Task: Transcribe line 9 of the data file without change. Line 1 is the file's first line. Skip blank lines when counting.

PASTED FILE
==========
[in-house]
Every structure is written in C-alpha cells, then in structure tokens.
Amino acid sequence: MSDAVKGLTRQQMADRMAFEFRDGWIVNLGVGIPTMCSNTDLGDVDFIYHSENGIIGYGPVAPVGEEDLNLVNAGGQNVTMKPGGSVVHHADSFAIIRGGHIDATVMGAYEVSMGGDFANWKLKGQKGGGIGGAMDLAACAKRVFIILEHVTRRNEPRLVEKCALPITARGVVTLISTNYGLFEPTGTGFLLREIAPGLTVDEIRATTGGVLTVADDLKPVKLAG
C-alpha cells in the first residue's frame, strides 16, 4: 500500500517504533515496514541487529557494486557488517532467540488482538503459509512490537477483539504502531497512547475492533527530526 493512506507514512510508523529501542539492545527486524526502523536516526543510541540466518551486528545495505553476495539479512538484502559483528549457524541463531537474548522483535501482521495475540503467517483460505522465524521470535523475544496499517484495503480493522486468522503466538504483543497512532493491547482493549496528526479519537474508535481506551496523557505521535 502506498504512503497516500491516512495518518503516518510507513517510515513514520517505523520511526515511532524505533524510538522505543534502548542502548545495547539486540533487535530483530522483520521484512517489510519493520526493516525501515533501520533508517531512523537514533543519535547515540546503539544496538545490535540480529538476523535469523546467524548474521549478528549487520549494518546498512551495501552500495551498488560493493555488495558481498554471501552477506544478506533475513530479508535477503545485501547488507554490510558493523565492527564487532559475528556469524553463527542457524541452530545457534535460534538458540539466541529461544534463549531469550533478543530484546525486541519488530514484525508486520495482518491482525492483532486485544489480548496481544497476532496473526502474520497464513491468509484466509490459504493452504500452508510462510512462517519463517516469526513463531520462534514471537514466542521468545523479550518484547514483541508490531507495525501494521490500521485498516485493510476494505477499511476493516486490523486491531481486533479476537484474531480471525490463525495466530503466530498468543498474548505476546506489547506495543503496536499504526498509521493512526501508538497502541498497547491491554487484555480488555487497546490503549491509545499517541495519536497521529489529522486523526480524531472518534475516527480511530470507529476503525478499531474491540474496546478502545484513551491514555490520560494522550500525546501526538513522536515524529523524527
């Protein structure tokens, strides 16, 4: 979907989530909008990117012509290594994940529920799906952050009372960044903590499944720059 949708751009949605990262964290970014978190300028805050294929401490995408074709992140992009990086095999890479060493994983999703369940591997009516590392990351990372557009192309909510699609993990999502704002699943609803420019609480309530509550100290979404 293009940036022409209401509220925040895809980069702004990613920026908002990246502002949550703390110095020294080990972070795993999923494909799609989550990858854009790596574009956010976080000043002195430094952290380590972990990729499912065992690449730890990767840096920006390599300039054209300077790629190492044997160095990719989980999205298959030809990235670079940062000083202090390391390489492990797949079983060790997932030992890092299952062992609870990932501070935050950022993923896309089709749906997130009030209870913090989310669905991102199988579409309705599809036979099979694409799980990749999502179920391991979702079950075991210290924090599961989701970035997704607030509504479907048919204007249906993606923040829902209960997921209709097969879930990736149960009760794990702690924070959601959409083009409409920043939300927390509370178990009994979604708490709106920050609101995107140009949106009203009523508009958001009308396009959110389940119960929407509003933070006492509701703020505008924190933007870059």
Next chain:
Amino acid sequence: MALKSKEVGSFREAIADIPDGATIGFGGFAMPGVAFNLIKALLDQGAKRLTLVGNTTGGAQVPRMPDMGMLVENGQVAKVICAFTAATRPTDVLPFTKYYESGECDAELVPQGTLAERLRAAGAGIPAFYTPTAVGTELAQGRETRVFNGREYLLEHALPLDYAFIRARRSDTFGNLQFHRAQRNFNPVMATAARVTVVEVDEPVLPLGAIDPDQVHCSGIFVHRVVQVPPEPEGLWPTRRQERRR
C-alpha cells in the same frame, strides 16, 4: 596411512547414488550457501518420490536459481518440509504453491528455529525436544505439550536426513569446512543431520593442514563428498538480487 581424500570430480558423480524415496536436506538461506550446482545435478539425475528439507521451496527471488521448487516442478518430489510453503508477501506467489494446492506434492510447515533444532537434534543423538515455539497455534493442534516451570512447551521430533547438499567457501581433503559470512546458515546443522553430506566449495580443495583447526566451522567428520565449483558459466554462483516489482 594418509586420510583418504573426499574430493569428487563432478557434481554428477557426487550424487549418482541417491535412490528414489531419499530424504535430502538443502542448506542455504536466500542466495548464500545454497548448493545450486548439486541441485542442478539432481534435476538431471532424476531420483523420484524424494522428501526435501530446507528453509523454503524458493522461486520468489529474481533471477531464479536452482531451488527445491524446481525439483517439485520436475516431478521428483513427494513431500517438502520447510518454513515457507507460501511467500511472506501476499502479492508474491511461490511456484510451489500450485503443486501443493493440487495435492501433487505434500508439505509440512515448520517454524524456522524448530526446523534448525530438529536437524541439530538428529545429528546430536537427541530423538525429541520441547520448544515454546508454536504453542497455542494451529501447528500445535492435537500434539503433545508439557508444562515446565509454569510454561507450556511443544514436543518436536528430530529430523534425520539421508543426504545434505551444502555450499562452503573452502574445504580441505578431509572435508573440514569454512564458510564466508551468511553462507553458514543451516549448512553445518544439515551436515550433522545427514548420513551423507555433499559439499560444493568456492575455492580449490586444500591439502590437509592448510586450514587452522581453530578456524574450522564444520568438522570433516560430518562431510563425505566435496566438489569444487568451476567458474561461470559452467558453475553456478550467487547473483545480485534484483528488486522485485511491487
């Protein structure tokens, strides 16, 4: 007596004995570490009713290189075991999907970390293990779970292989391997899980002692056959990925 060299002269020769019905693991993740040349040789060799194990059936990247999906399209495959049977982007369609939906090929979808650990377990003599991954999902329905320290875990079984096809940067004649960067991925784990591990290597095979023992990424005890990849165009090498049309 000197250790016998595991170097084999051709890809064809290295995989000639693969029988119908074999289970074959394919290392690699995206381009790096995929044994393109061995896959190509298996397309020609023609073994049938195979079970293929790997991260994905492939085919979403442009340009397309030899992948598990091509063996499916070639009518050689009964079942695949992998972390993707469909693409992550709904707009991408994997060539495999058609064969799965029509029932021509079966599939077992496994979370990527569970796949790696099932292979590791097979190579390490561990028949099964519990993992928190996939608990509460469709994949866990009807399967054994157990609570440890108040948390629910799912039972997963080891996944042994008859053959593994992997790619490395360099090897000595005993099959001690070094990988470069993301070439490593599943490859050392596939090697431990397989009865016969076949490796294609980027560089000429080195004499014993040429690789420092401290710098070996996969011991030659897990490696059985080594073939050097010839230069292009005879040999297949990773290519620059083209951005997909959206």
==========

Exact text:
């Protein structure tokens, strides 16, 4: 007596004995570490009713290189075991999907970390293990779970292989391997899980002692056959990925 060299002269020769019905693991993740040349040789060799194990059936990247999906399209495959049977982007369609939906090929979808650990377990003599991954999902329905320290875990079984096809940067004649960067991925784990591990290597095979023992990424005890990849165009090498049309 000197250790016998595991170097084999051709890809064809290295995989000639693969029988119908074999289970074959394919290392690699995206381009790096995929044994393109061995896959190509298996397309020609023609073994049938195979079970293929790997991260994905492939085919979403442009340009397309030899992948598990091509063996499916070639009518050689009964079942695949992998972390993707469909693409992550709904707009991408994997060539495999058609064969799965029509029932021509079966599939077992496994979370990527569970796949790696099932292979590791097979190579390490561990028949099964519990993992928190996939608990509460469709994949866990009807399967054994157990609570440890108040948390629910799912039972997963080891996944042994008859053959593994992997790619490395360099090897000595005993099959001690070094990988470069993301070439490593599943490859050392596939090697431990397989009865016969076949490796294609980027560089000429080195004499014993040429690789420092401290710098070996996969011991030659897990490696059985080594073939050097010839230069292009005879040999297949990773290519620059083209951005997909959206």